2014 Dickens Contest Finalist: “Dairy Christmas”

The following is the second-place entry for our Second Annual Dickens Christmas Contest. The winner will appear on Tuesday, December 23.

“Dairy Christmas” by Pardeep Toor

Once upon a time–of all the good days in the year, on Christmas Eve–a criminal sat busy in his cell. He wasn’t a violent or perverted criminal. Not even a mean criminal. Rather, just a criminal who made a tax-related mistake. It could happen to anybody just as it did to Raj three years ago in his dairy factory. He paid taxes on the milk that was produced in his field of cows adjacent to the processing center, but he did not pay duty on sales related to milk products like yogurt, cheese, and butter.

“That would be like paying taxes twice once on the milk and again on the milk products,” Raj told his wife and accountant, Divya, a heavy-set woman whose constantly exposed belly hung below her navel. “I paid for the milk once, and I will do with it whatever I please after that.” Even when it was time for weekly tithes at temple on Sunday, Raj only gave 10 percent from the milk profits. Earnings from the other dairy products did not belong to the Gods nor his wife but were his alone. Especially the cheese popsicles, those were his creation.

“My accountant had nothing to do with this,” Raj voluntarily told the judge during his hearing. “If anything, my accountant is only guilty of being a poor cook, lazy in bed, and a slightly below-average wife.”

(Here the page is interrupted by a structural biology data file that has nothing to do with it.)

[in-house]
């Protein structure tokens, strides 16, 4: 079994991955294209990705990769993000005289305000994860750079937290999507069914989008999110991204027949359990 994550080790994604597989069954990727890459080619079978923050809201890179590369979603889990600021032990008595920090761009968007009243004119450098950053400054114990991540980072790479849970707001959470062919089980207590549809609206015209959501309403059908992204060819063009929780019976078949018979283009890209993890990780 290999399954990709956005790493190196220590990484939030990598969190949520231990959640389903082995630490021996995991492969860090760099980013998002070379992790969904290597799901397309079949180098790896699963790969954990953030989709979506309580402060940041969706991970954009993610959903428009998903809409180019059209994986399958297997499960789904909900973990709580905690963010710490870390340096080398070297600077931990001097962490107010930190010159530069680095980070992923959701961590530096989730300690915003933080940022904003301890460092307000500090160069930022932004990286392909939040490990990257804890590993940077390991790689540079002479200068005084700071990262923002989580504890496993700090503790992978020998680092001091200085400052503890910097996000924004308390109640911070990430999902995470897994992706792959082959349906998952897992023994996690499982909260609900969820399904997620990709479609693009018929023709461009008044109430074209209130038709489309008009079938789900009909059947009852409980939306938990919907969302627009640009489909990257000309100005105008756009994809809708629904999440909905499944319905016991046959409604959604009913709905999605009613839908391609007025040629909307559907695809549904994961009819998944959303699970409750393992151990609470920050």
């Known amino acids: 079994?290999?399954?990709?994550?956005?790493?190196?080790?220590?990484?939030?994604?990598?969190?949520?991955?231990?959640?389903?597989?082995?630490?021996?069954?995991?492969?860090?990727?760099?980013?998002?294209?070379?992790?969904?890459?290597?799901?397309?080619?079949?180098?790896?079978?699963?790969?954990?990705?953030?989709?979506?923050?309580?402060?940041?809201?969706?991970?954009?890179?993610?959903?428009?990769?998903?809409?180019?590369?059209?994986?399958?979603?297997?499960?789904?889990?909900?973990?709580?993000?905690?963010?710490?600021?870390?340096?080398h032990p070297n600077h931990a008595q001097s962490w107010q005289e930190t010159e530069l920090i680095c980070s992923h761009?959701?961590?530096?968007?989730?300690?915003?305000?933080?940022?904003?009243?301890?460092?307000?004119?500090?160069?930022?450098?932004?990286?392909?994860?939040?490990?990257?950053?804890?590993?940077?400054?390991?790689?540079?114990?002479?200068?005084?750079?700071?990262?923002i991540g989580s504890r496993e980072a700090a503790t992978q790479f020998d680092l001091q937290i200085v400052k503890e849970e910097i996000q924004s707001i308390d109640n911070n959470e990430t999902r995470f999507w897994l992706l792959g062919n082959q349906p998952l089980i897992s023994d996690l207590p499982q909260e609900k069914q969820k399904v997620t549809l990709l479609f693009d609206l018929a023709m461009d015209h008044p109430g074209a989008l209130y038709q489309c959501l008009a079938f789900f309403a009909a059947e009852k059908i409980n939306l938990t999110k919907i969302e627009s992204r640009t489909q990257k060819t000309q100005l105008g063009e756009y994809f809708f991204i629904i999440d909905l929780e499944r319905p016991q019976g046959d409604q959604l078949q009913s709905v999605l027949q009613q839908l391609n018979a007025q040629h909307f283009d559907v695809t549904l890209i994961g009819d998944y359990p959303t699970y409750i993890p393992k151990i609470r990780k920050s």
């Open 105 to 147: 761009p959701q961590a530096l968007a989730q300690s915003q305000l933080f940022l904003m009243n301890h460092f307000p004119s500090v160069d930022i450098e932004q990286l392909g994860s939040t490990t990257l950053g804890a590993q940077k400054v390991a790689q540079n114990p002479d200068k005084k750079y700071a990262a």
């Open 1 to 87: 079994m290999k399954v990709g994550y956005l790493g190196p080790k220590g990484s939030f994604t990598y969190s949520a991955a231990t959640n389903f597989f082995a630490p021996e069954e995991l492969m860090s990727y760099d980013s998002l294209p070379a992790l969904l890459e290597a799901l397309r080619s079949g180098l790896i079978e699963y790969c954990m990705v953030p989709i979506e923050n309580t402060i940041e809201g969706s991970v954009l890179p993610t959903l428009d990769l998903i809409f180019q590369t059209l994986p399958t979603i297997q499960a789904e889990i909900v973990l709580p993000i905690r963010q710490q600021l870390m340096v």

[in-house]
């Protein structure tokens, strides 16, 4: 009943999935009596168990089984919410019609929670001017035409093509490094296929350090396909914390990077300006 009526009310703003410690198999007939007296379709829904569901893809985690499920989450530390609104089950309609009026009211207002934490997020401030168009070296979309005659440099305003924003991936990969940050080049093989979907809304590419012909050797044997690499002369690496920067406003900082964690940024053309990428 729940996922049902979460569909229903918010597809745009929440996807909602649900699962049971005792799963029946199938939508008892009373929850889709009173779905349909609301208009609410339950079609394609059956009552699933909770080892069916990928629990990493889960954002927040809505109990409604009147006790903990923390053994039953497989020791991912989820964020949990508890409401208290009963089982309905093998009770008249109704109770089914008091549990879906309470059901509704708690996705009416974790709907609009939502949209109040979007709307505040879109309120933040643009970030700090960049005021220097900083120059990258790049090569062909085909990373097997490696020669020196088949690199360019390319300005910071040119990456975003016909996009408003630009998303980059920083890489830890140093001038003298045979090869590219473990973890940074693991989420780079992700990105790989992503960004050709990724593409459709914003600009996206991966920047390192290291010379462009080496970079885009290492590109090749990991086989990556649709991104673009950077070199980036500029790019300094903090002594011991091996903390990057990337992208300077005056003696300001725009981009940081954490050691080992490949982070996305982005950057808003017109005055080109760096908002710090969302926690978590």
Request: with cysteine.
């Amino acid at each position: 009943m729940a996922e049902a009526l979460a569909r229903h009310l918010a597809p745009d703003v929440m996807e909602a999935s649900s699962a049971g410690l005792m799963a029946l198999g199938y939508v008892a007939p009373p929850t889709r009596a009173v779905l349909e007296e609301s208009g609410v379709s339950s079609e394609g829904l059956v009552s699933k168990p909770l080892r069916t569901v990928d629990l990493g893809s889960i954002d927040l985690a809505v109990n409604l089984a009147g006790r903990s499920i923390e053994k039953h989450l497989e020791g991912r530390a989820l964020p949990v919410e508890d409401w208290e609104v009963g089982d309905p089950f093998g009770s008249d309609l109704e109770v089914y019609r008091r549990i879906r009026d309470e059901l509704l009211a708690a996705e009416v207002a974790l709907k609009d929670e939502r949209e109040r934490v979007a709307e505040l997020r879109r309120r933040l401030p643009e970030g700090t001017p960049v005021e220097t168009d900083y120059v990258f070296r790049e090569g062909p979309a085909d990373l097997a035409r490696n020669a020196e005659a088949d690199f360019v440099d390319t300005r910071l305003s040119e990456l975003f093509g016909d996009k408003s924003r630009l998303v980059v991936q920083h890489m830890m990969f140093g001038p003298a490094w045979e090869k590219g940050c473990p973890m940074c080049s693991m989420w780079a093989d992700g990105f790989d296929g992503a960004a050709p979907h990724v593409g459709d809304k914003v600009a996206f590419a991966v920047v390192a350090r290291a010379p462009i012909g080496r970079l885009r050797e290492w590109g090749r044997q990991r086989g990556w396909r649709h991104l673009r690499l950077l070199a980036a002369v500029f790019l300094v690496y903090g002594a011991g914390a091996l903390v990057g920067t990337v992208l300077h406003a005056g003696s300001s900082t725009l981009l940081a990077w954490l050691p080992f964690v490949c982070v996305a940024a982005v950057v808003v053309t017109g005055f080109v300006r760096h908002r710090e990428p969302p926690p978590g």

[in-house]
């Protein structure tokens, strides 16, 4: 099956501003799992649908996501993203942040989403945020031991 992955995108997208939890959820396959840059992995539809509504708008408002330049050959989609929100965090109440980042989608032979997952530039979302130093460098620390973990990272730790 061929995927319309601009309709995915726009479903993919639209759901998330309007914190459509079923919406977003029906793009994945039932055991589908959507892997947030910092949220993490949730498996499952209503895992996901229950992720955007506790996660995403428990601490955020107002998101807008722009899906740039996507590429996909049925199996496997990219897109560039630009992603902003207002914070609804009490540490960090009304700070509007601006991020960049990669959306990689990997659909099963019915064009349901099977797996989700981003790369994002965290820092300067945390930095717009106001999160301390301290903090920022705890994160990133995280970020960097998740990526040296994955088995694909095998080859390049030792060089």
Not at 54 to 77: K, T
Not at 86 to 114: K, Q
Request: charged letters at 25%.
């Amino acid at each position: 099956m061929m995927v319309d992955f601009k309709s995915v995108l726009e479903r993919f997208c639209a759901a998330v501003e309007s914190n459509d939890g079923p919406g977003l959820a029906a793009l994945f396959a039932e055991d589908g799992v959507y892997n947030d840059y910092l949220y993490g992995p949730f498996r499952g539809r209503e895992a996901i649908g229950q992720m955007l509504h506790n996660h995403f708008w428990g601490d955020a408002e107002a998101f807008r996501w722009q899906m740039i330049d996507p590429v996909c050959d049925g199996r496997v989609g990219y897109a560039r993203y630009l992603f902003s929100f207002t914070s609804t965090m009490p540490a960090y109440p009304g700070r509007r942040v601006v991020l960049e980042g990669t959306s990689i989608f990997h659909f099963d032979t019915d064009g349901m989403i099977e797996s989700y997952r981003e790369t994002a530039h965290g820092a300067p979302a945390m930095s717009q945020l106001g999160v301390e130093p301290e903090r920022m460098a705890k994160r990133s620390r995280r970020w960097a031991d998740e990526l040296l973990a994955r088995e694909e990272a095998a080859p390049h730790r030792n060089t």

This was Raj’s fourth Christmas Eve in prison, and each year, it was his favorite day. Christmas Eve meant all the other criminals were cuffed off to Church service (to which he refused to attend on religious grounds) until midnight, and he had the entire prison to himself–all 127 cells (including his own) across three floors. Absent on this night was the bickering between metal bars, empty threats resulting in fist fights, and screams from the new entrants spending their first of many damned nights in the company of cinder blocks and strangers adjoined only by evil. The courts were closed until the new year so plea hearings and appeals were delayed for at least another week and the accompanying suspension of hope reduced angst in the compound. Time-and-a-half made the guards smile more on Christmas Eve.

Raj loved the silence. He couldn’t tell if it was snowing, storming, or sunny outside. The elements couldn’t penetrate windowless concrete. He only learned to appreciate the stillness inside on Christmas Eve. While the criminals discovered or reaffirmed their faith until the legal dawn of Christmas at midnight, Raj remembered his cows, the feeling of milk on his hands, and the stench of pasteurization in the morning. He shed a tear for his wife while simultaneously cursing her for being a lousy accountant.

Pardeep Toor is a Canadian-born Indian living in Flint, Michigan. His father taught him about hard work while his mother inspired persistence. He adopted his stubbornness from CM Punk and Kevin Garnett. He still has hoop dreams.

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